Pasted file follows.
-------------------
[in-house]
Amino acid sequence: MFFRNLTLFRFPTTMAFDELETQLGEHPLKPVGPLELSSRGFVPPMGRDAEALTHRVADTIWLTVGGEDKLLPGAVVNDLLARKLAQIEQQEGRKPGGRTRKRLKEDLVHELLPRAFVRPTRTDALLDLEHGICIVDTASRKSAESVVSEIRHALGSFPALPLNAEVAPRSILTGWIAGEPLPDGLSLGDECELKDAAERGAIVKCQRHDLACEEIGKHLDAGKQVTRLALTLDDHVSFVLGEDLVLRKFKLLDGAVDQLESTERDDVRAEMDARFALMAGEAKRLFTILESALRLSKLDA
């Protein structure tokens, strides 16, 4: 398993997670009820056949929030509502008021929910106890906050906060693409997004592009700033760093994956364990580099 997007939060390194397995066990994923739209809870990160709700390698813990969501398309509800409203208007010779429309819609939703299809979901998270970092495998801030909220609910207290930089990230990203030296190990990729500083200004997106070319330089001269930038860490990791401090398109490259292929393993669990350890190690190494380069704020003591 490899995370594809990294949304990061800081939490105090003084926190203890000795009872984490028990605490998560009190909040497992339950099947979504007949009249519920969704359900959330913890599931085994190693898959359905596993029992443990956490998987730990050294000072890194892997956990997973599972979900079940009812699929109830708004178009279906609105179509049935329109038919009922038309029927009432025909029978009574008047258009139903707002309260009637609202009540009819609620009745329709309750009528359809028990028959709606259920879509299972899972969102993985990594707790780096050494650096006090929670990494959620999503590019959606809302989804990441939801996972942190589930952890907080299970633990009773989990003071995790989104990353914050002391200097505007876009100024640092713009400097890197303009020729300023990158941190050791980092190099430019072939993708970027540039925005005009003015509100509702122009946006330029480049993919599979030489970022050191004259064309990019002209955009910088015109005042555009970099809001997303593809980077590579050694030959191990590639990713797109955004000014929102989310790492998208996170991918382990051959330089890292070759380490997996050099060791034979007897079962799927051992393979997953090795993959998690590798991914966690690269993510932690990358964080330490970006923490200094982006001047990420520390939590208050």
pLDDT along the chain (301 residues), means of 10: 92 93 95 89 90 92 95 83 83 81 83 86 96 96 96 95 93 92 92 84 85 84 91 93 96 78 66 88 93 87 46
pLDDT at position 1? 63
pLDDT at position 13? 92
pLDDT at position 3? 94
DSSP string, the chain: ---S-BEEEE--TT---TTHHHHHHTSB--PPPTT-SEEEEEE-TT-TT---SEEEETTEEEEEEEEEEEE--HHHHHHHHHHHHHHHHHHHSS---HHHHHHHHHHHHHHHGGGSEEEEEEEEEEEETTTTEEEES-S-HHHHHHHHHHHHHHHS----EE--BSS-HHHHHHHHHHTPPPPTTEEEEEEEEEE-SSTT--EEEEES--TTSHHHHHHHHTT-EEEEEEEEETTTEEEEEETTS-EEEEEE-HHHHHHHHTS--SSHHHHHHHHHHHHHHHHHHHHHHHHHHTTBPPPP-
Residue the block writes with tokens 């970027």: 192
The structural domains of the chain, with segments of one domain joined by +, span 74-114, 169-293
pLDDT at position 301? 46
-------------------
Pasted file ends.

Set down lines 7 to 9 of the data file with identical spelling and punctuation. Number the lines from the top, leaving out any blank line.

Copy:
pLDDT at position 3? 94
DSSP string, the chain: ---S-BEEEE--TT---TTHHHHHHTSB--PPPTT-SEEEEEE-TT-TT---SEEEETTEEEEEEEEEEEE--HHHHHHHHHHHHHHHHHHHSS---HHHHHHHHHHHHHHHGGGSEEEEEEEEEEEETTTTEEEES-S-HHHHHHHHHHHHHHHS----EE--BSS-HHHHHHHHHHTPPPPTTEEEEEEEEEE-SSTT--EEEEES--TTSHHHHHHHHTT-EEEEEEEEETTTEEEEEETTS-EEEEEE-HHHHHHHHTS--SSHHHHHHHHHHHHHHHHHHHHHHHHHHTTBPPPP-
Residue the block writes with tokens 């970027």: 192